Like any success story, the Transformers toys have led to countless imitators. Back in the '80s, when Hasbro's robots in disguise were in the first height of popularity, the Autobots and Decepticons filled the good aisle at Toys R Us...but walk around to the next aisle over, and you would find all the weird, off-brand toys that were made to cash in on popular trends and were most likely D.T.O. (Destined To Obscurity). The numerous robot toylines that magically sprung up in the mid-1980s after Transformers hit it big could fill a book, but here are the 10 most excellent examples of toylines that tried to rip off Transformers and failed miserably.
Before any of you 8 hardcore GoBots go into a nerd rage and slam your mouse cursor into the comment button, hear me out. I know that Transformers and GoBots debuted at about the same time and neither one can truly be said to have ripped off the other. Tonka's GoBots managed to last a respectable amount of time on toy shelves but it was eclipsed by the success of its main competitor. Perhaps it was because Transformers had more compelling fiction and more larger, sturdier toys than Gobots' main line of Hot Wheels-sized characters. Whatever the case, Tonka had to do something to compete and tried, in its own way, to emulate the play features which brought success to Transformers. After Hasbro hit it big with combiner teams like the Constructicons, Aerialbots and Stunticons, GoBots tried the concept with Puzzler, Monsterous and Power Suits. GoBots also released larger, deluxe versions of many characters that were closer in scale to most Transformers. Alas, GoBots vanished off store shelves in 1987, while Transformers in some form have remained to the present day. In a later indignity, Tonka was bought out by Hasbro. The GoBots live on somewhat in occasional homage toys in the Transformers line and as cannonfodder troops in a few Transformers comics.
9) Robo Force
Ideal's Robo Force was another awesome, short-lived toyline that copied the idea of two factions of robot warriors battling each other. The fat, cylindrical robots didn't transform, but featured suction cups instead of legs, arms that waved around when you pressed a button, and various hidden weapons and other gimmicks. They also had some cool vehicles and bases. The biggest celebrity from Robo Force was Maxx Steele (no, not the hero from early-2000's CGI series Max Steel), the leader of the good guys, who was also available in a larger scale as an actual, working robot that every kid on the planet desired. Give Transformers all the credit they deserve, but Hasbro never gave kids an Optimus Prime that could walk around their homes and serve drinks.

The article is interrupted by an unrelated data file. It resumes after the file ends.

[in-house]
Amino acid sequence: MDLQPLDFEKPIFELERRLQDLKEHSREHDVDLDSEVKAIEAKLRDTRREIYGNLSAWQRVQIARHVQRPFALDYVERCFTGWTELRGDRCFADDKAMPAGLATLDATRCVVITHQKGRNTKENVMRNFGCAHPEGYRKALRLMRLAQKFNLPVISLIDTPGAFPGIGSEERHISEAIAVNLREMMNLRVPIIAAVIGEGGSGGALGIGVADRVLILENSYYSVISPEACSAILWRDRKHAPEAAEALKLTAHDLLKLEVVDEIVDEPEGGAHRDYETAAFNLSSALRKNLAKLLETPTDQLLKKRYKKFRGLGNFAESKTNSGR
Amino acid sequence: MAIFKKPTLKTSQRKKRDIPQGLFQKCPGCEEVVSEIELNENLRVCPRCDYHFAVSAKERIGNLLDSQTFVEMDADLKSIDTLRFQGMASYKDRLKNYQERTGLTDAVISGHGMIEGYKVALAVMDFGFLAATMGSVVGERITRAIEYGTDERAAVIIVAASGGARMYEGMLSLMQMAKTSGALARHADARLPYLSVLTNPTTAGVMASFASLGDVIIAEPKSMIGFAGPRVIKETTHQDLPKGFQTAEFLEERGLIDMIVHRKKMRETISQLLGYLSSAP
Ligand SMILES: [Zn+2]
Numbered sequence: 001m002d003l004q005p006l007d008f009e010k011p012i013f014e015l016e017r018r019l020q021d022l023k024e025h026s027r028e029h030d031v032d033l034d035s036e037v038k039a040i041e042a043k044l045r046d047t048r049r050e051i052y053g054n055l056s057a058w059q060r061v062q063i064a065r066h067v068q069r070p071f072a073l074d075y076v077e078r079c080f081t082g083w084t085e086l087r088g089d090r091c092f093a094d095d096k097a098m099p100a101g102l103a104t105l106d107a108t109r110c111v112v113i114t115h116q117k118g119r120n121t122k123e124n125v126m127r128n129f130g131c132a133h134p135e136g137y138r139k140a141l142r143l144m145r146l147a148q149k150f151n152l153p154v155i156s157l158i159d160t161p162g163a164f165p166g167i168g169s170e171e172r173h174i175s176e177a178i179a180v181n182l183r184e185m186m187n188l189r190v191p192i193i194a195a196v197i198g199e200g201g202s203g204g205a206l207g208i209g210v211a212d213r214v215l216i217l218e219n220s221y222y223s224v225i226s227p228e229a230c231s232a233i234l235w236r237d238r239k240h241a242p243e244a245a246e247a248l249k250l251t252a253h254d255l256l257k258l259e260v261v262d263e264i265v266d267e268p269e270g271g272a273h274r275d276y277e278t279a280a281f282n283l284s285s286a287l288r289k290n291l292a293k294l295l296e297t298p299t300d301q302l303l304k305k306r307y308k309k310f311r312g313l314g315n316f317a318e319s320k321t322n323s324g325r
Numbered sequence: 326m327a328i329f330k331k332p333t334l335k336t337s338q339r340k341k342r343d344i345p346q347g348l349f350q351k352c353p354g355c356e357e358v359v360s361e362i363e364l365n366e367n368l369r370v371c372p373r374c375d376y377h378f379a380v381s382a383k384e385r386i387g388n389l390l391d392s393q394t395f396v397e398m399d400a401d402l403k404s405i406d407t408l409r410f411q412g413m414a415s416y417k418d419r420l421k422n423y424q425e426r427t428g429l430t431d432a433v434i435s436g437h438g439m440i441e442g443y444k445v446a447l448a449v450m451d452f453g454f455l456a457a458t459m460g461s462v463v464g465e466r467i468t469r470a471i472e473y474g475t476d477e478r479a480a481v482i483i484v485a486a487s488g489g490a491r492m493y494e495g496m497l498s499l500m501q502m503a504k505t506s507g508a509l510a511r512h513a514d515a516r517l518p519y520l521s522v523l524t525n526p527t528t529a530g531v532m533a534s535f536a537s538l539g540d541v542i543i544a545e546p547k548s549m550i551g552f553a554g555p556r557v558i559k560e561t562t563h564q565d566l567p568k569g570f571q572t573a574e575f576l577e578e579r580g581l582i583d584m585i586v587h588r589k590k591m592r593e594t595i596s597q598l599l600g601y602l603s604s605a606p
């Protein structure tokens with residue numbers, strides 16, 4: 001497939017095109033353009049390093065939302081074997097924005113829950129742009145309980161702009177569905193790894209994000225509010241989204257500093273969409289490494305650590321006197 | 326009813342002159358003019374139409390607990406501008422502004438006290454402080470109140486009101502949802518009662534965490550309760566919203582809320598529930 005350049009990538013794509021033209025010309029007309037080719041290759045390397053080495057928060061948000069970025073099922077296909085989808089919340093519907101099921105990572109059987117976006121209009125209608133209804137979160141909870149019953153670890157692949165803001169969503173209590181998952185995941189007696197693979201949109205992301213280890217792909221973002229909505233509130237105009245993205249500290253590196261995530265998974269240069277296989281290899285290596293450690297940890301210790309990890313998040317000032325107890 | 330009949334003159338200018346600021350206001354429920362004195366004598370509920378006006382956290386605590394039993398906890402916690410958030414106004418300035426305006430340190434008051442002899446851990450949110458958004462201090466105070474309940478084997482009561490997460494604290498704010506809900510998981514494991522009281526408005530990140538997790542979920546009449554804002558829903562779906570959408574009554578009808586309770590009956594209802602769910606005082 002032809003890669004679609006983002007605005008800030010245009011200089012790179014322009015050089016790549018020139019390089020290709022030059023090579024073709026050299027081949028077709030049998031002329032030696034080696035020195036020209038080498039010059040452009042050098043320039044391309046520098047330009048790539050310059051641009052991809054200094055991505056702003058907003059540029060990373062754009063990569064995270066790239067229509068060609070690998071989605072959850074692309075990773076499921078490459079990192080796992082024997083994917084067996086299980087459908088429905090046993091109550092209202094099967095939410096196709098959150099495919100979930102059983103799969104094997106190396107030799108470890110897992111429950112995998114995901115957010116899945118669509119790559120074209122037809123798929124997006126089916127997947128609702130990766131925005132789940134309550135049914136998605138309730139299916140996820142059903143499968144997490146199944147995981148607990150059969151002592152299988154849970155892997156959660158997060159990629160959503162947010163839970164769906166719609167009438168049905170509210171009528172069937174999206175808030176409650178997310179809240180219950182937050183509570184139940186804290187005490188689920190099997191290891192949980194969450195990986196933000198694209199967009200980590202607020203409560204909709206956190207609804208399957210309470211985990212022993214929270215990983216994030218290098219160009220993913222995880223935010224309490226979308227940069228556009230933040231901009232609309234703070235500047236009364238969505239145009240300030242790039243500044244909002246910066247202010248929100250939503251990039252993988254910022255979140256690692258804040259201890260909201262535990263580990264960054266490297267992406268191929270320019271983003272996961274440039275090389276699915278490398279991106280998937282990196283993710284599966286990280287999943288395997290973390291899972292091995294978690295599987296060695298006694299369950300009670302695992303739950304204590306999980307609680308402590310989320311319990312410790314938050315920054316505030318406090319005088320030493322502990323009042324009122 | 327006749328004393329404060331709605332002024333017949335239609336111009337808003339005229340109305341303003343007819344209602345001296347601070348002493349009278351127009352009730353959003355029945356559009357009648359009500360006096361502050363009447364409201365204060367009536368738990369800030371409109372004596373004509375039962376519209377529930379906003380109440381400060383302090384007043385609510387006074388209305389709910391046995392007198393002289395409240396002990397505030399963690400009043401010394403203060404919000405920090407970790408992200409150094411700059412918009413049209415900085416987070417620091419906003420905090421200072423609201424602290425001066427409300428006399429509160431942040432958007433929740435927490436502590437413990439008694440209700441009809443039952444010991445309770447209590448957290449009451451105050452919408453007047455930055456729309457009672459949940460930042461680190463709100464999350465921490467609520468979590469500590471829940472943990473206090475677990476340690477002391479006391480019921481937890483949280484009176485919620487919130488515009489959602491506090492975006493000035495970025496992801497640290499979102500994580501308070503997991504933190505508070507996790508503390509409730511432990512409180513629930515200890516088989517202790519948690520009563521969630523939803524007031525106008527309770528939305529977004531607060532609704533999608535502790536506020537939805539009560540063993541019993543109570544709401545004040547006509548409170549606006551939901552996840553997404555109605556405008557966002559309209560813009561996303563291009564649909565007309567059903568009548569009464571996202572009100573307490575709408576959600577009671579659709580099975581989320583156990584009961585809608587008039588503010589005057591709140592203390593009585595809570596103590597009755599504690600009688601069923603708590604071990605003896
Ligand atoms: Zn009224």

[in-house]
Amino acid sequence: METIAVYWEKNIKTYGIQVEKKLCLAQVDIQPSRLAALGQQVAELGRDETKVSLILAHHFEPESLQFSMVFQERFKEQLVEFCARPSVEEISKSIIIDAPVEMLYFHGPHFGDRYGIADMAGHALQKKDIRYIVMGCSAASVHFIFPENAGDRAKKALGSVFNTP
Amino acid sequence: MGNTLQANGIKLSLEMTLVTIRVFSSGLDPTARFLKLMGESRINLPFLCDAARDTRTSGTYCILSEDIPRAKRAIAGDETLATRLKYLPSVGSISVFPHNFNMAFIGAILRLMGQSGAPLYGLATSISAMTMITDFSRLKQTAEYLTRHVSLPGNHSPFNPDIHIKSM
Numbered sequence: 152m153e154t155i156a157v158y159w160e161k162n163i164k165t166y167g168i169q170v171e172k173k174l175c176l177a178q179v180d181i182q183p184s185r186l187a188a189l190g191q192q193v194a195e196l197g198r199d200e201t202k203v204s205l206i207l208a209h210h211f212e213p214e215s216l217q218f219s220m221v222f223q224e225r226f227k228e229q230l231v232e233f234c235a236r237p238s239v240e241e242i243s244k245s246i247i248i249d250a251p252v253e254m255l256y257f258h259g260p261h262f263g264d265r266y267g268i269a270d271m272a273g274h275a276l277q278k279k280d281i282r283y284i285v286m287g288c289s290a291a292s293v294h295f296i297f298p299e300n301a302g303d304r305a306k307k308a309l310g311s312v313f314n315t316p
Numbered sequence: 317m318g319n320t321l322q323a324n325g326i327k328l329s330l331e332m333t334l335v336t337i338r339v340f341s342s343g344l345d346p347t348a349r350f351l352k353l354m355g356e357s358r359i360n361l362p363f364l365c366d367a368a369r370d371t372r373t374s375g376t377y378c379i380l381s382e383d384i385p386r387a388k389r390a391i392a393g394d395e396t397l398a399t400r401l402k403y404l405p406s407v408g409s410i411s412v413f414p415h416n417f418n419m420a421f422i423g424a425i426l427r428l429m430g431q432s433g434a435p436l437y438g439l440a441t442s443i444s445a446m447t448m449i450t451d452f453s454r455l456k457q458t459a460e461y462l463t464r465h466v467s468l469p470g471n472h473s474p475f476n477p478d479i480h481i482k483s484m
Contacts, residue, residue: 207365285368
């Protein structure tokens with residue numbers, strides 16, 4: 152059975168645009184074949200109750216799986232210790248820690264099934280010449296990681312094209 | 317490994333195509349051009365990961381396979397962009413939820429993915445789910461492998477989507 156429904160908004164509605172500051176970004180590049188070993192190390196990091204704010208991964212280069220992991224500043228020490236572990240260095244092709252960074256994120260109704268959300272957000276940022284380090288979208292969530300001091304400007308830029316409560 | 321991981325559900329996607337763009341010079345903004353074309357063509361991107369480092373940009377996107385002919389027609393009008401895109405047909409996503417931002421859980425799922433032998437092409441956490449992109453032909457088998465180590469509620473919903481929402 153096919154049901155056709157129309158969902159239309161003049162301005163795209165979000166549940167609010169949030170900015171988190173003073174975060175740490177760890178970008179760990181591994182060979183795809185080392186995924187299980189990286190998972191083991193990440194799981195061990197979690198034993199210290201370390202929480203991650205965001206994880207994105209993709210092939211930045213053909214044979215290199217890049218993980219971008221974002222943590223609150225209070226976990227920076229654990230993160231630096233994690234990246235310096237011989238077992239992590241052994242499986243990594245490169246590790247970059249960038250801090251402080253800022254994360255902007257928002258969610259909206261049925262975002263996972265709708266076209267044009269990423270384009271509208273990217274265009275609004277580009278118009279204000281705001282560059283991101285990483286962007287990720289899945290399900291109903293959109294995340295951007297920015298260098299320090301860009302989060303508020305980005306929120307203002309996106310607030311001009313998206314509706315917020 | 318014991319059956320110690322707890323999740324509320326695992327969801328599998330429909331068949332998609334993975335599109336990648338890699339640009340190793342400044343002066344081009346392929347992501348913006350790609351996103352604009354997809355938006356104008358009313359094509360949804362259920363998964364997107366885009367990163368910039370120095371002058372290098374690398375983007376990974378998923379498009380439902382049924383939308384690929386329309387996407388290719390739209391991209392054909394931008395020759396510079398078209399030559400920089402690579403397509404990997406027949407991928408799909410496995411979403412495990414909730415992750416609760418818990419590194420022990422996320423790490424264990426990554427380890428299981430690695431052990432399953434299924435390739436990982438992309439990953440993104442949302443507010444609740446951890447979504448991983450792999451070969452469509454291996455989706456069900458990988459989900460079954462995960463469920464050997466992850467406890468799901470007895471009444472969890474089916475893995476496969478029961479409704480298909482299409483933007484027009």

Most boys in the 1980s had at least one mysterious transforming robot in their collection they knew wasn't a Transformer or a GoBot, but had no idea to which toyline it belonged. These figures were usually given as presents by cheap and/or clueless relatives because they knew we liked Transformers and thought any robot that could turn into a car would do. For many of us, these toys usually became the less famous, nameless denizens of Cybertron. There's a good chance that some of those mysterious robots were Convertors. Although they had no comic book or cartoon to depict their battles, there were over 30 Convertors toys released and they sported some nifty designs that often had a crazier aesthetic than the Transformers. And they went places Transformers didn't touch, like having robots that turned into slot machines. The Convertors licensed some designs from Bandai just like was done for Transformers, meaning some of the toys looked eerily like the Deluxe Autobots, Deluxe Insecticons and Jetfire. Convertors even had knock-offs made of them!
Those unknown Transformers in your collection also might have been Remco's Zybots. While somewhat GoBot-like, they had unique designs and features, like a fire truck that had a different robot on its front and back when transformed, and a very odd Zybot combiner.
The Starriors were robots created in three different classes (Protectors, Guardians and Destructors) to protect a hibernating humanity, restore Earth and defend against potential alien invaders. But battle began among the robots when the Destructors revolted due to fear of being deactivated upon the return of humans. The toys were very cool, with parts that could be exchanged between robots and motorized features (which makes sense, since they were an offshoot of Zoids). Like Transformers, some of the toys were available in different color schemes as different characters. Also like Transformers, they had an awesome Marvel comic book. But the Starriors did not meet the same success, and this extremely cool and offbeat toyline was left in the dust of the deserts in which its robot warriors fought.